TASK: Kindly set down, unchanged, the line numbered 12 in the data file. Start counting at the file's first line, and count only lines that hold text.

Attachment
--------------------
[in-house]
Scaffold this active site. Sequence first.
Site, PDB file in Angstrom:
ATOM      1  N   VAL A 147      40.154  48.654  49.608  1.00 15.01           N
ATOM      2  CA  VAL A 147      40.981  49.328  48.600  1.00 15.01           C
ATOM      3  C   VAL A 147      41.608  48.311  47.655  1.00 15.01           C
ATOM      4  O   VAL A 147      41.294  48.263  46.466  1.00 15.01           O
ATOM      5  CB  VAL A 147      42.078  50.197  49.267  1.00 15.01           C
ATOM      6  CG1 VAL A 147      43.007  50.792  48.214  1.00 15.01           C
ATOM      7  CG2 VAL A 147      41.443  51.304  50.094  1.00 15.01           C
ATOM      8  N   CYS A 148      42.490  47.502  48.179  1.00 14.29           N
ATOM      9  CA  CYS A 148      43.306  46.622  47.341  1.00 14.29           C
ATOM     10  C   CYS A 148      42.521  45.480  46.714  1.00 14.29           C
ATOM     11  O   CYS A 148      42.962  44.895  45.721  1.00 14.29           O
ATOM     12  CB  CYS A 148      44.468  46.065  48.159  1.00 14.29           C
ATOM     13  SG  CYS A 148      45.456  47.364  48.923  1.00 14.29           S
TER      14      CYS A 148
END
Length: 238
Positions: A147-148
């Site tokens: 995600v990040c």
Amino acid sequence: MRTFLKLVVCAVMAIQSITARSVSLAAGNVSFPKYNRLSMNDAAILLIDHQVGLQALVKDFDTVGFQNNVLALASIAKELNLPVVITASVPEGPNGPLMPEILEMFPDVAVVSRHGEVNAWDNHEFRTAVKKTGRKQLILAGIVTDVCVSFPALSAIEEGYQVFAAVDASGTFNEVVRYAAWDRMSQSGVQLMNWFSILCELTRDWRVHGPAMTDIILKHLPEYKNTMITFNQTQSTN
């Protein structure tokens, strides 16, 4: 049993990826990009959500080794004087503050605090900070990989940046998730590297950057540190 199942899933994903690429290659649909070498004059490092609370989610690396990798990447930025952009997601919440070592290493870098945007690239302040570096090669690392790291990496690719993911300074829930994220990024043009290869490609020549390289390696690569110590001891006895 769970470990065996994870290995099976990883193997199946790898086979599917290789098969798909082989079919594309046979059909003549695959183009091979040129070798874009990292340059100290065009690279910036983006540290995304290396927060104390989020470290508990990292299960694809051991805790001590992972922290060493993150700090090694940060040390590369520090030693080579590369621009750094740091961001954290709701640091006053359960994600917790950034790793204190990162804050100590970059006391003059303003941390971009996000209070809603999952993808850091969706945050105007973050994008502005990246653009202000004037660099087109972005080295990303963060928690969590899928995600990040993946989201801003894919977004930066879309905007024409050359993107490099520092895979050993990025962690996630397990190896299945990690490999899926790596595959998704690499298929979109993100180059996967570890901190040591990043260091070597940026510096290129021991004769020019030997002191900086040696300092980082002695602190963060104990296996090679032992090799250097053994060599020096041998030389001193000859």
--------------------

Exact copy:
ATOM      9  CA  CYS A 148      43.306  46.622  47.341  1.00 14.29           C